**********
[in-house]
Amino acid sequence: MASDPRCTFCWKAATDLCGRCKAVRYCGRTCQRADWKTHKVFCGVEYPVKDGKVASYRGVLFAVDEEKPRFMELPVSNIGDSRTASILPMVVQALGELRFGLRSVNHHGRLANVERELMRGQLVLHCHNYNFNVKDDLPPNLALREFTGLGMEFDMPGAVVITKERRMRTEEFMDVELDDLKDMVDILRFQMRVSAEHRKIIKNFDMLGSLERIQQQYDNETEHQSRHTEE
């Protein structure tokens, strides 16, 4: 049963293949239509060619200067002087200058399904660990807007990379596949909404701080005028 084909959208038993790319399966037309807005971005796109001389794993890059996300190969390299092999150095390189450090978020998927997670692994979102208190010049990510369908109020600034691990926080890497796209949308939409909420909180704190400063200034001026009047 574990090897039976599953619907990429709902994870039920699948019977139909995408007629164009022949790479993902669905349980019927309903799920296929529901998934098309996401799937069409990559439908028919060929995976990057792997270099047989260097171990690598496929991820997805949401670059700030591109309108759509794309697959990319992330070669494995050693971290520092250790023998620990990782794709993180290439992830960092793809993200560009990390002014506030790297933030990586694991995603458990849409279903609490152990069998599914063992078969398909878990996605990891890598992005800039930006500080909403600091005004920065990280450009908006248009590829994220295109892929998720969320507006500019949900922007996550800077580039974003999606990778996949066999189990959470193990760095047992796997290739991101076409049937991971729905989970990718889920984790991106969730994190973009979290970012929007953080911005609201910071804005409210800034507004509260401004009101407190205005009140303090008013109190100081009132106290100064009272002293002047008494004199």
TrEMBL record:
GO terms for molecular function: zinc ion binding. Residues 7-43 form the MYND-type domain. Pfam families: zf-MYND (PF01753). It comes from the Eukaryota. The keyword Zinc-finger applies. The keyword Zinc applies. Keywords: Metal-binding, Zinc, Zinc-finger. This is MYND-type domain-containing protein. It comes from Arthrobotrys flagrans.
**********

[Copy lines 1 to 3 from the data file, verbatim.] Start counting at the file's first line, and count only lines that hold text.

[in-house]
Amino acid sequence: MASDPRCTFCWKAATDLCGRCKAVRYCGRTCQRADWKTHKVFCGVEYPVKDGKVASYRGVLFAVDEEKPRFMELPVSNIGDSRTASILPMVVQALGELRFGLRSVNHHGRLANVERELMRGQLVLHCHNYNFNVKDDLPPNLALREFTGLGMEFDMPGAVVITKERRMRTEEFMDVELDDLKDMVDILRFQMRVSAEHRKIIKNFDMLGSLERIQQQYDNETEHQSRHTEE
């Protein structure tokens, strides 16, 4: 049963293949239509060619200067002087200058399904660990807007990379596949909404701080005028 084909959208038993790319399966037309807005971005796109001389794993890059996300190969390299092999150095390189450090978020998927997670692994979102208190010049990510369908109020600034691990926080890497796209949308939409909420909180704190400063200034001026009047 574990090897039976599953619907990429709902994870039920699948019977139909995408007629164009022949790479993902669905349980019927309903799920296929529901998934098309996401799937069409990559439908028919060929995976990057792997270099047989260097171990690598496929991820997805949401670059700030591109309108759509794309697959990319992330070669494995050693971290520092250790023998620990990782794709993180290439992830960092793809993200560009990390002014506030790297933030990586694991995603458990849409279903609490152990069998599914063992078969398909878990996605990891890598992005800039930006500080909403600091005004920065990280450009908006248009590829994220295109892929998720969320507006500019949900922007996550800077580039974003999606990778996949066999189990959470193990760095047992796997290739991101076409049937991971729905989970990718889920984790991106969730994190973009979290970012929007953080911005609201910071804005409210800034507004509260401004009101407190205005009140303090008013109190100081009132106290100064009272002293002047008494004199």